Injured - The FindLaw Accident, Injury and Tort Law Blog

Man Loses Legs in Botched Weight-Loss Surgery; Sues for $10M

A Texas man who lost both of his legs after a botched weight-loss surgery is now seeking millions of dollars in damages.

Carlos Saucedo, who weighed 275 pounds in 2013, went under the knife for a gastric sleeve procedure hoping to lose weight. But according to Dallas-Fort Worth's WFAA-TV, when Saucedo woke up some two weeks later, he lost more than just a few pounds -- his two legs had to be amputated at the knee.

What happened to Saucedo, and how might his doctors be held liable?

Punctured Main Artery During Surgery

Gastric bypass isn't the most dangerous surgery under the sun, nor does it involve the legs. So how did this weight-loss surgery result in Saucedo losing two legs?

According to Saucedo's attorney Douglas Wood, the physicians who performed the procedure accidentally punctured Saucedo's aorta -- the body's main artery through which oxygen-rich blood flows. WFAA reports that after physicians stemmed Saucedo's bleeding, they shut off his aorta, cutting off life-giving blood to his lower extremities.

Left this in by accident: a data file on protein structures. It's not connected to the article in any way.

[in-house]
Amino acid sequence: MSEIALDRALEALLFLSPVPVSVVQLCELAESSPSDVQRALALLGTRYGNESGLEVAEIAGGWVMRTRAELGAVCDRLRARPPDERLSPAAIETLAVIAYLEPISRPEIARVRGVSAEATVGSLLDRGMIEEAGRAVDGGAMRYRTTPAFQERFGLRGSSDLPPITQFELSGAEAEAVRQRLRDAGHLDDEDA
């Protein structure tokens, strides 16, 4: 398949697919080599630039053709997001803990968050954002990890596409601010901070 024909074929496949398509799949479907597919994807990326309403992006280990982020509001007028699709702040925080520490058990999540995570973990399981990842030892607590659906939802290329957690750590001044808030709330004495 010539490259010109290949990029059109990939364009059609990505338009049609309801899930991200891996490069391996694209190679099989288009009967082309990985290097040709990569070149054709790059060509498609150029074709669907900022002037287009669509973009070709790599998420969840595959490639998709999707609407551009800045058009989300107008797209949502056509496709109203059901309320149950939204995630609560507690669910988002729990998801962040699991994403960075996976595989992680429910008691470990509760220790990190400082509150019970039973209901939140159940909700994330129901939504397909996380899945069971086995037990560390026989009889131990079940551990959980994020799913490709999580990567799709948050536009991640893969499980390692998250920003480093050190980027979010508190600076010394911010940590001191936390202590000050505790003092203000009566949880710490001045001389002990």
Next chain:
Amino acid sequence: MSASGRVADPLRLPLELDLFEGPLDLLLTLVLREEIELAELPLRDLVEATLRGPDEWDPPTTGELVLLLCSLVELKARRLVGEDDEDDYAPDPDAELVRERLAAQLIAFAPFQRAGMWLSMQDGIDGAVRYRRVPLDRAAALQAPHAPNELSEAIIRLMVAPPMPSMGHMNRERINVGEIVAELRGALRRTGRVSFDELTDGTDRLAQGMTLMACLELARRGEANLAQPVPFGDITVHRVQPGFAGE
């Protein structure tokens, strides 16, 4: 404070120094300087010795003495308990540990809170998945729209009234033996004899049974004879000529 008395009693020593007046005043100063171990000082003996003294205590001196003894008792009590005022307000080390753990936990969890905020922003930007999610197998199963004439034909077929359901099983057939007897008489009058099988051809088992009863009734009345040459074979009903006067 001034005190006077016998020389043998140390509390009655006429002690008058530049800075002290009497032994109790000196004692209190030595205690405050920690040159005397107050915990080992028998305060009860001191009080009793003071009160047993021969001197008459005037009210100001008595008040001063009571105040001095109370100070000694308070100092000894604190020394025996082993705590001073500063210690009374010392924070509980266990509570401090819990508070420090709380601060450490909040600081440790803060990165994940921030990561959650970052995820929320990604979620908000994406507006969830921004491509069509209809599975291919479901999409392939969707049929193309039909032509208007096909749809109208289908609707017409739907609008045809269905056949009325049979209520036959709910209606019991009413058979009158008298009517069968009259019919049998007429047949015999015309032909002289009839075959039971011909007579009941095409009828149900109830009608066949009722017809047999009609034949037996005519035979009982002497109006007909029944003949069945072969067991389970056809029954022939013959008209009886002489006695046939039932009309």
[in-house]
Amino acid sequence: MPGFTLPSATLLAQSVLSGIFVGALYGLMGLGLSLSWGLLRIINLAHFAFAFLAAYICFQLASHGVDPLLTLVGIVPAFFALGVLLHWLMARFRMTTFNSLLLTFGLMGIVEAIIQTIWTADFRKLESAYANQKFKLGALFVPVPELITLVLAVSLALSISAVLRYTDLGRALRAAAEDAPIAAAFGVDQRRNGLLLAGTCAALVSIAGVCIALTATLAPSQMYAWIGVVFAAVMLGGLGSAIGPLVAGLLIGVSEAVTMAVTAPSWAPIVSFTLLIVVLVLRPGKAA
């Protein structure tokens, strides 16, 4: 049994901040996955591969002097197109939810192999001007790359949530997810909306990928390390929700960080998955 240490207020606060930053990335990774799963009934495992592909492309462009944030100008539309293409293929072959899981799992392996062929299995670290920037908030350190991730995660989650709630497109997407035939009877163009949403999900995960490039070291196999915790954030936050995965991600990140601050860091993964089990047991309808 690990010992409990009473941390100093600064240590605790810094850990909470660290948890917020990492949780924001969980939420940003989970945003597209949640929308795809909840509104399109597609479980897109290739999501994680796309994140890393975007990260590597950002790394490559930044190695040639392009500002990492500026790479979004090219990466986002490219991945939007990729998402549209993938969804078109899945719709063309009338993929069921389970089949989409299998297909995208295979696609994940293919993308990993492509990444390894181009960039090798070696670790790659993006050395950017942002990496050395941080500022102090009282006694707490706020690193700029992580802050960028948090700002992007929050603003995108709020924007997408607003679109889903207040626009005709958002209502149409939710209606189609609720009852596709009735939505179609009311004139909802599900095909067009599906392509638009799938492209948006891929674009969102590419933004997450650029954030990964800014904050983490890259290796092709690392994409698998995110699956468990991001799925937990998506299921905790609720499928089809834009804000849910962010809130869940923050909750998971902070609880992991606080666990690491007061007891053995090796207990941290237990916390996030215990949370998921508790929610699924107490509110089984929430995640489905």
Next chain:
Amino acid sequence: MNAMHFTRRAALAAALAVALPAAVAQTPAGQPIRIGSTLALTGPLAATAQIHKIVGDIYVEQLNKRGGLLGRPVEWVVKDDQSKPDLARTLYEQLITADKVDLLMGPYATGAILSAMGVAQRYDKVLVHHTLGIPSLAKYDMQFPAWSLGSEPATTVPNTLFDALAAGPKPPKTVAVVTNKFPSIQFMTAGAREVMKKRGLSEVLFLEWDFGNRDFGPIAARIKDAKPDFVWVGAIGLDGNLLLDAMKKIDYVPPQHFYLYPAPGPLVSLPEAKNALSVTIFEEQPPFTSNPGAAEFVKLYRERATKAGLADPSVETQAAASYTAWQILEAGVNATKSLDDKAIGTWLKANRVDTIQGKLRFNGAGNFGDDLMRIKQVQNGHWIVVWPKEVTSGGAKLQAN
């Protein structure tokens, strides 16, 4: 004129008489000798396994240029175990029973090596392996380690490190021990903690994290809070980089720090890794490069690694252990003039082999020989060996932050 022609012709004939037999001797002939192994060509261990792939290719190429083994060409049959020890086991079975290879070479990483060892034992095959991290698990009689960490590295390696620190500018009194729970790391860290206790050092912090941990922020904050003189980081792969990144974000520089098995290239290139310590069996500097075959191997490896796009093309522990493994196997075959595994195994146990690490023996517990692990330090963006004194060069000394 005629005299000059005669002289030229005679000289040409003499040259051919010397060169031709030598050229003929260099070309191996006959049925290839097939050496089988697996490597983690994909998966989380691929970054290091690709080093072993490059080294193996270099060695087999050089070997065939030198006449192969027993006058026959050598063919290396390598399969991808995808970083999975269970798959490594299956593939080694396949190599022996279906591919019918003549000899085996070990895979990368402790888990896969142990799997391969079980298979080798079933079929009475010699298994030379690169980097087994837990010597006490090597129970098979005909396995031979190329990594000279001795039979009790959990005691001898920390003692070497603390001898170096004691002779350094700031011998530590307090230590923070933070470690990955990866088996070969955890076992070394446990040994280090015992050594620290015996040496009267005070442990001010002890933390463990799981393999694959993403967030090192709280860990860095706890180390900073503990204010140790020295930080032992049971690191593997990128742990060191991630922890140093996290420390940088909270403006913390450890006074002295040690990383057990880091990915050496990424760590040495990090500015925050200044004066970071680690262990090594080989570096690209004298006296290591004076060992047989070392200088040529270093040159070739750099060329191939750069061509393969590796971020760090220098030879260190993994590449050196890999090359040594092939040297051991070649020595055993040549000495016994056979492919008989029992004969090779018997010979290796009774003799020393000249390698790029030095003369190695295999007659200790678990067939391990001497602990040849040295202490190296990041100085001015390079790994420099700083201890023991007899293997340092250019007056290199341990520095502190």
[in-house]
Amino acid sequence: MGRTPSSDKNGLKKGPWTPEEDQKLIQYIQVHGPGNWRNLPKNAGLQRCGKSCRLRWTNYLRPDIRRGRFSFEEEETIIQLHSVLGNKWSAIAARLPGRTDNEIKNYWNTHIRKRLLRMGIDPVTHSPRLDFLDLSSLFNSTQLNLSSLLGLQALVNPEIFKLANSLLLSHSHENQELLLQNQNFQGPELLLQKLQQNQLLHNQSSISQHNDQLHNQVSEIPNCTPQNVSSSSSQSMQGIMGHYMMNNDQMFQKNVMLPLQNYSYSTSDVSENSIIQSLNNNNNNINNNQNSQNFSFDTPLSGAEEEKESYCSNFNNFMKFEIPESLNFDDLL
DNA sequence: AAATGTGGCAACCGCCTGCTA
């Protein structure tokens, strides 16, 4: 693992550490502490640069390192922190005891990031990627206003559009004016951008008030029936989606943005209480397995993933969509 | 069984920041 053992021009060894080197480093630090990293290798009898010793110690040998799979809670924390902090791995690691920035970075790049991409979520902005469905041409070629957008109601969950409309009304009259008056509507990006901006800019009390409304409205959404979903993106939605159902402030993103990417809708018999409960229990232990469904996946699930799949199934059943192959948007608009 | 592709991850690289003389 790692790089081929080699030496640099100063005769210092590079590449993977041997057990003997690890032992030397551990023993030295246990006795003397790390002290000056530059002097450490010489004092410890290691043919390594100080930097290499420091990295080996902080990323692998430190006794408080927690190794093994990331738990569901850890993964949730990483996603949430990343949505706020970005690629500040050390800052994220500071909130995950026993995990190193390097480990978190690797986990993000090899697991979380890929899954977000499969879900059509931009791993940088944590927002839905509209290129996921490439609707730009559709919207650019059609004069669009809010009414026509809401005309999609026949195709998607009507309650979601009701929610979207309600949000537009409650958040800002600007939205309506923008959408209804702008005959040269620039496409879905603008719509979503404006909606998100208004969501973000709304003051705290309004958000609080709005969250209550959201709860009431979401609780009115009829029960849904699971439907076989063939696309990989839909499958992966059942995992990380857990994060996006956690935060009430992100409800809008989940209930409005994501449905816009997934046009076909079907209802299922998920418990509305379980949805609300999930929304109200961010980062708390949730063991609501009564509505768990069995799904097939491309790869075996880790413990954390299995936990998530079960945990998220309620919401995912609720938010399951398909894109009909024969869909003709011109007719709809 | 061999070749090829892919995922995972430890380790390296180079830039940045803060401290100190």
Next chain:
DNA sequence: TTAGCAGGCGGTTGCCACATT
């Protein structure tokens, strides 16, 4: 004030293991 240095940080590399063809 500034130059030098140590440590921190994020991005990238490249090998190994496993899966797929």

Saucedo didn't even realize what had happened until he woke up in recovery -- two weeks later. The Associated Press reports that Saucedo is seeking $10 million in damages for the medical blunders that cost him his legs.

Seems Like Malpractice, Right?

The standard for medical malpractice typically rests on whether physicians acted with the same level of care that would have been given by a reasonably prudent physician under the same circumstances. Certainly unexpected things can happen during even routine surgical procedures, but malpractice seeks to compensate for mistakes that wouldn't have been made by a doctor's reasonably prudent peers.

In Saucedo's case, it seems that there are two major medical mistakes being alleged: the puncturing of his aorta and the failure to realize that blocking the aorta would cut off circulation to his legs. These alleged mistakes could have proven fatal, Wood tells WFAA, which makes the $10 million Saucedo is seeking seem fairly small.

Four doctors are named as defendants in Saucedo's suit, and neither they nor their attorneys have commented on the case.

Related Resources: